Based in Los Angeles, the concept of Da’Strap started with Ernie Harris and his son Jahi “I was becoming aware that there was an occasional difficulty with skateboarders carrying a skateboard” says Jahi. Their journey started in 1998 and together, they’ve worked many years to bring Da’Strap to its simplest, stylish, and most durable design.
Da’Strap aims to revolutionize the way people carry both skateboards and snowboards.
Ernie fondly recalls riding a board made from metal wheels of roller skates and a plank of wood back in the day. It is his son, Jahi, who has skated since he was a kid.
Ernie recognizes one of the best parts about skateboarding: “Skateboarding has no color lines! It gives respect and admiration based on your dedication and guts!” Speaking of guts, the pair has faced a number of difficulties in getting riders to understand Da’Strap. “Getting people to “BREAK THE HABIT” and change their natural way of holding their skateboard or snowboard is a challenge” explains Ernie.
It’s the positive reaction they’ve received keeps them motivated to stay persistent. “The acceptance from devoted skateboarders like Noel Korman (RIP) and Neil Wieland, and many others lets us know we have a product that
Da’Strap is a patented designed, but most importantly, it can be customized. This means if your skate team or company or shop wants to personalize the strap, it can be done no problem. “We have no minimum on orders” says Ernie. They work with Nichole Curl and Strap Works to provide a truly custom approach to the product.
The Women’s Longboard Camp will take place for the fifth time next year and the crew around Fee Bücheler and Christine Maier are pulling out all the stops to make it one to remember and celebrate in style. After a two-year residency in Stuttgart, the gang is off to explore new shores next spring and take over a beautifully sustainable venue near Lisbon.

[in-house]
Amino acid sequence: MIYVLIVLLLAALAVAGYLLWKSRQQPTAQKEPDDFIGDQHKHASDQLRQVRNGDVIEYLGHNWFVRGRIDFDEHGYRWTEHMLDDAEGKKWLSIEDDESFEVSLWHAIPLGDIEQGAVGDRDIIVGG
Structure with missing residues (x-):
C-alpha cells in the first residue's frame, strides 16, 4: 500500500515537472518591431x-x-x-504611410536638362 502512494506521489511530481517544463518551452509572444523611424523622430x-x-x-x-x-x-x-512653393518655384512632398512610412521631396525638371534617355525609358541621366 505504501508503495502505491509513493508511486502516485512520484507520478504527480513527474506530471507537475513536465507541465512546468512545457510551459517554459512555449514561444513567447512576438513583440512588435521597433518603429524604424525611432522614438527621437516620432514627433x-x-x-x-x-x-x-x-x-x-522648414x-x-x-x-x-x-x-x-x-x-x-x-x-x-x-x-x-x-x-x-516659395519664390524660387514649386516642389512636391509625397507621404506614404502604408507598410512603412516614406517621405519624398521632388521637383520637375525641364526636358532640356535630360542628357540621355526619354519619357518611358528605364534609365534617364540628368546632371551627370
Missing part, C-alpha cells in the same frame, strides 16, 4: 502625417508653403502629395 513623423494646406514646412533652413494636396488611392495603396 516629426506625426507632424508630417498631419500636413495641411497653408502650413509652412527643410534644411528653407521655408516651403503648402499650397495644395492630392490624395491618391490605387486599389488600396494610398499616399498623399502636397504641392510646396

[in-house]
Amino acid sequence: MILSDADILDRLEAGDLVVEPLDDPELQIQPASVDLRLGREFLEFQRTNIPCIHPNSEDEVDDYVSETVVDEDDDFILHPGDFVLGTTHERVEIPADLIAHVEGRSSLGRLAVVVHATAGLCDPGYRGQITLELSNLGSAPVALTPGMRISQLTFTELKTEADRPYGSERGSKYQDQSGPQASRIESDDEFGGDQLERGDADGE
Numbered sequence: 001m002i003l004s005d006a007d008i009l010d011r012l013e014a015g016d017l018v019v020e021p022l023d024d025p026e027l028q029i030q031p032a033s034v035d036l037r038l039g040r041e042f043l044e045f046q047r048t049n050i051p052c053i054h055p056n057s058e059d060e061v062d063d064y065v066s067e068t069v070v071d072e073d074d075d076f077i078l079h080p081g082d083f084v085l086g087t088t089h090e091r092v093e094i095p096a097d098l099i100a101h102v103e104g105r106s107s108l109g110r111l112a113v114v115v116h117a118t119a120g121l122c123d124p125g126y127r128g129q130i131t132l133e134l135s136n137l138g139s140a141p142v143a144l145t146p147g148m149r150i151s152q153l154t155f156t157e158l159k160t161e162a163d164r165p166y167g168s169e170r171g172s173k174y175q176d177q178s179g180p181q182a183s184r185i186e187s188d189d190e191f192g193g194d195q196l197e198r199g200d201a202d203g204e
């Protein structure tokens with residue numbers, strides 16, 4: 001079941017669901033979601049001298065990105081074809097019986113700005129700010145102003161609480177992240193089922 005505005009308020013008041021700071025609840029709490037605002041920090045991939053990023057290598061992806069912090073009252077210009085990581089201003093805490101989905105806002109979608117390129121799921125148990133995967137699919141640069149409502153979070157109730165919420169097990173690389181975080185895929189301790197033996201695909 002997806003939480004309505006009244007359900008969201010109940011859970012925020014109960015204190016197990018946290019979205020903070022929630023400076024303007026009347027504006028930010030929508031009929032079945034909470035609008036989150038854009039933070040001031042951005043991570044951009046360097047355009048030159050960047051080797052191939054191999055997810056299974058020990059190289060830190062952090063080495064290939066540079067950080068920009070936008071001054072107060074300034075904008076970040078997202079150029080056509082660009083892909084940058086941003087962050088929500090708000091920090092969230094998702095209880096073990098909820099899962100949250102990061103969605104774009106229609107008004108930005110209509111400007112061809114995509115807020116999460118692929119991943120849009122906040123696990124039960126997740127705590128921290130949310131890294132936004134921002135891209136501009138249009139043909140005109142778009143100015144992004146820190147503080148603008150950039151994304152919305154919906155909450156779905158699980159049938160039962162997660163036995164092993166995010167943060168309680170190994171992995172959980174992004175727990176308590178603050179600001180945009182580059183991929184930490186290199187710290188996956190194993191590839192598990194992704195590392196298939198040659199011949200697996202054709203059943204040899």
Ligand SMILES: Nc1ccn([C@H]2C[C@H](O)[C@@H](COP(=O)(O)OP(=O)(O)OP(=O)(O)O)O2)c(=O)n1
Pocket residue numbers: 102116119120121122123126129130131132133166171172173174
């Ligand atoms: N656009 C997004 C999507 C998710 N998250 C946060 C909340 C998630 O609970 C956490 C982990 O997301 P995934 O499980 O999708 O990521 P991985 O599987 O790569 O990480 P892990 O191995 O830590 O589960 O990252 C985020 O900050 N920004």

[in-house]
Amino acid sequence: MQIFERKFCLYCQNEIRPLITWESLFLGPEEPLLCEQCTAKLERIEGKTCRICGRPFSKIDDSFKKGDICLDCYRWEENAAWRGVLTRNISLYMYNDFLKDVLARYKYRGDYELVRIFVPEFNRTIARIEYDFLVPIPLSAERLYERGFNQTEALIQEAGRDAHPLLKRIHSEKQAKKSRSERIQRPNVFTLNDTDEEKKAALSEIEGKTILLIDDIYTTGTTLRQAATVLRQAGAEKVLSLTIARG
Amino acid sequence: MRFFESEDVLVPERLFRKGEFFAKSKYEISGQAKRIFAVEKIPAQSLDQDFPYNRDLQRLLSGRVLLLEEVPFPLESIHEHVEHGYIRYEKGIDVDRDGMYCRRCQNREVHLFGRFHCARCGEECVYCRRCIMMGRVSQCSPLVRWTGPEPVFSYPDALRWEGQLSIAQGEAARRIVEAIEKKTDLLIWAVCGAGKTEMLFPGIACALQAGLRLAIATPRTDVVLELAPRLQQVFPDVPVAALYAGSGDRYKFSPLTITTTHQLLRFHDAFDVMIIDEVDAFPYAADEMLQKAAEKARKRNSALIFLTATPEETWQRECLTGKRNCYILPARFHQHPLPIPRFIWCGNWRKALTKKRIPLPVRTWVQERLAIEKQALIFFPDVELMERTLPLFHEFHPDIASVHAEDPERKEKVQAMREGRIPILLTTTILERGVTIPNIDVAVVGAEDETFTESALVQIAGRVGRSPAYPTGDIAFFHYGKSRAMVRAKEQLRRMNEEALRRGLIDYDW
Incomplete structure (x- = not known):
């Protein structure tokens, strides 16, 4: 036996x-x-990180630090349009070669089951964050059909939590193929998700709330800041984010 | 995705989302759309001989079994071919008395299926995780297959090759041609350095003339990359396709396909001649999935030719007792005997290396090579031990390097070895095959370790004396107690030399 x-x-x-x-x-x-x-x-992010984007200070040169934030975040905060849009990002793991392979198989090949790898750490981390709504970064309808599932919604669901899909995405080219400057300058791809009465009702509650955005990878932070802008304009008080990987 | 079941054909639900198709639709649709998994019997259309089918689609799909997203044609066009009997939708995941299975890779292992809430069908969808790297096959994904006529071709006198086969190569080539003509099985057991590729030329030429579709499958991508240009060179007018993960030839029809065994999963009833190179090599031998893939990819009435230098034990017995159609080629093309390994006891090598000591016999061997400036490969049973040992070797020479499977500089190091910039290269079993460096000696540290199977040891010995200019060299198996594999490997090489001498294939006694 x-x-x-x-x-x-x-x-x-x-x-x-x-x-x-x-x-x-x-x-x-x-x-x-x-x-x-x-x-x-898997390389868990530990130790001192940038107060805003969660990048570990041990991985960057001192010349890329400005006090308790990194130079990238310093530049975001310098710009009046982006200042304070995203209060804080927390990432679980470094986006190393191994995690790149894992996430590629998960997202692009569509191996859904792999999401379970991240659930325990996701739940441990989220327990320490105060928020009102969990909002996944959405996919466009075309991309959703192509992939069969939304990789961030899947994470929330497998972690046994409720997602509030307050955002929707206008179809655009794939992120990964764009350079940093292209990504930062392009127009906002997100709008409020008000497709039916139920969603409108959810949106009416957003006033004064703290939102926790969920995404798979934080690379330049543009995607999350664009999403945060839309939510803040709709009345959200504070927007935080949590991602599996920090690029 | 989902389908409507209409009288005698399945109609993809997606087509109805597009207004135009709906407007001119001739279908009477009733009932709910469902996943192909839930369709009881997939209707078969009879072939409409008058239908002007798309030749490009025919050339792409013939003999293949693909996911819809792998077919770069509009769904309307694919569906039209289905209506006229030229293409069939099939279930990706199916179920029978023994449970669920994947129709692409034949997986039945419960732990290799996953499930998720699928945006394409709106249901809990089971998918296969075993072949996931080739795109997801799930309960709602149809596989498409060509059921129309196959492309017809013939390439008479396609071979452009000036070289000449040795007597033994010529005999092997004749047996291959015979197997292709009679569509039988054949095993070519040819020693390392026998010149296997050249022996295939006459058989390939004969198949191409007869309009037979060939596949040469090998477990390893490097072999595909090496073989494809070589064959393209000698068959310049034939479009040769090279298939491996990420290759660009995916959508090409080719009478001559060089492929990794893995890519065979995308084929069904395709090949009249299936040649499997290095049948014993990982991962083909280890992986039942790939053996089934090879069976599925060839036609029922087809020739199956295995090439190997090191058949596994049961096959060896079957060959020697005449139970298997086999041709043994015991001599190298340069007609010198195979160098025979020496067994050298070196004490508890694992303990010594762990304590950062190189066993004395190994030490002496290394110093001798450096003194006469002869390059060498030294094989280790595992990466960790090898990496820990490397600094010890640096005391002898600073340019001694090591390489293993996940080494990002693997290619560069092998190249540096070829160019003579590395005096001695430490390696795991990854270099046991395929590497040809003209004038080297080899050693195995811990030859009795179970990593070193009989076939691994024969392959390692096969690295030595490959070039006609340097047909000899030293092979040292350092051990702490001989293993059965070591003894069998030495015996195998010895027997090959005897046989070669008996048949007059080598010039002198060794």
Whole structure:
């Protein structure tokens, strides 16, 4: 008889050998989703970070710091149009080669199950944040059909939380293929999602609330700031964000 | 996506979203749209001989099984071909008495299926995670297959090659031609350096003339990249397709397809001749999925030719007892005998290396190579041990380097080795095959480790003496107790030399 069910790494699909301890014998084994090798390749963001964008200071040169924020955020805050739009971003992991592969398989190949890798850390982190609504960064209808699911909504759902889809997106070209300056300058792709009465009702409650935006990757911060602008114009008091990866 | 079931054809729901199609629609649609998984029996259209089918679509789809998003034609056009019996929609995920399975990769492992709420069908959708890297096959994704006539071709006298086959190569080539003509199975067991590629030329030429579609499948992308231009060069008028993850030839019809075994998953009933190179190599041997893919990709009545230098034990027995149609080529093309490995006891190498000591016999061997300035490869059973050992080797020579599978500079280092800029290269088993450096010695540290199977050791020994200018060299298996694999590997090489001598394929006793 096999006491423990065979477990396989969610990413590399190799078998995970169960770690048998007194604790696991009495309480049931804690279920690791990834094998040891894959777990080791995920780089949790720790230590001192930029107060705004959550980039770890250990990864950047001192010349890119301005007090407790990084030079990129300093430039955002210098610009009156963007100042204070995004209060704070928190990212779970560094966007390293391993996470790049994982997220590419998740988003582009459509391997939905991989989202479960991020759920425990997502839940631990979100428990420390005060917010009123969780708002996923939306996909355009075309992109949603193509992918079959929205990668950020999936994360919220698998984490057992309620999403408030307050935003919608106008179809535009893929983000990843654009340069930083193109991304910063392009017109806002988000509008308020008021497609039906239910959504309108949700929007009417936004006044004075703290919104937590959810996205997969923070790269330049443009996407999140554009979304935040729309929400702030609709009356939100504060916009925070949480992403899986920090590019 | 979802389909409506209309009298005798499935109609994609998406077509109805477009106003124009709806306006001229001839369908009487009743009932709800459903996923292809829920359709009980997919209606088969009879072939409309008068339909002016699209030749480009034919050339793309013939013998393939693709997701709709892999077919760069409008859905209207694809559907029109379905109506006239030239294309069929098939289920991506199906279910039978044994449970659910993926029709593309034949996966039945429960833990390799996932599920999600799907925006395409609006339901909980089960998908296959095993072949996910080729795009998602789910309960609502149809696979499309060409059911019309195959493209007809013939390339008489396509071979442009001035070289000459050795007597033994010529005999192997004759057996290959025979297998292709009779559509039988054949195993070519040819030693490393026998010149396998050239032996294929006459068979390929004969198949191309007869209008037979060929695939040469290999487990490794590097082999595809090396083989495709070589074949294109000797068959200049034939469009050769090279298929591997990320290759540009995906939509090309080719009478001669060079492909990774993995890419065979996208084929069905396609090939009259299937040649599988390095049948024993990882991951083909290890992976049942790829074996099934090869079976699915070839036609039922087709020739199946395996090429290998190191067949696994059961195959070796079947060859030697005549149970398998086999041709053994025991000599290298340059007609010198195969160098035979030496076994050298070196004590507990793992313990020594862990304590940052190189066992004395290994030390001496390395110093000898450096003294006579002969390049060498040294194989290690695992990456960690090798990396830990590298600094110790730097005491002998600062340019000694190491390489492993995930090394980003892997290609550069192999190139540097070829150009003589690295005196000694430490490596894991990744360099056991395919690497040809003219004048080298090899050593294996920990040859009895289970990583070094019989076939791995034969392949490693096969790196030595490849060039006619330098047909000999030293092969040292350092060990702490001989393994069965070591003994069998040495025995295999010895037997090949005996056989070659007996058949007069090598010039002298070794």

Since its inception in 2012, the WLC collective have organized women’s-only skate events in three countries and taught women of more than fourteen different nationalities. The crew aim to create a relaxed, non-competitive and non-judgemental atmosphere, giving riders the opportunity to push their boundaries in a safe environment under competent, hands-on guidance. The instructor crew boasts a few household names including Bekks Gemperle and Bettina Luginbühl.
The complete package caters for anybody from novice to advanced skater and includes a daily mobility practice as well as all-inclusive catering and trips to explore the local area. As always, the main focus of the event lies on the technical and athletic aspects of the sport and participants can expect an action-packed week of full-on skating. To make the event accessible to as many women as possible, riders can choose from a five and a seven-day package.
No previous boarding experience necessary, total beginners are most welcome – test boards provided by Sector 9. The event will take place in Sintra, Portugal, a stone’s throw from the Atlantic coast from March 05 to 12, save the date! For further information and to register, please visit www.womenlongboardcamp.com.
When it comes to the traditional skate wheel, a lot of people wonder “why would you want to mess with something that has been rolling for centuries?” This was the first question I asked Zack Fleishman, CEO of Shark Wheels. Thankfully, Zack wasn’t taken aback by my direct question. “It’s perfectly understandable. The Shark Wheel was an accident of sorts. No one stayed up late at night trying to improve on the wheel over here. The shape was part of a bigger scientific discovery.”
Zack explains the shape is something hidden all throughout nature. “Nature uses alternating movements in its motion, from the shape of light waves and radio waves to how humans walk with an alternating gait. Alternating movements are actually more efficient in nature.”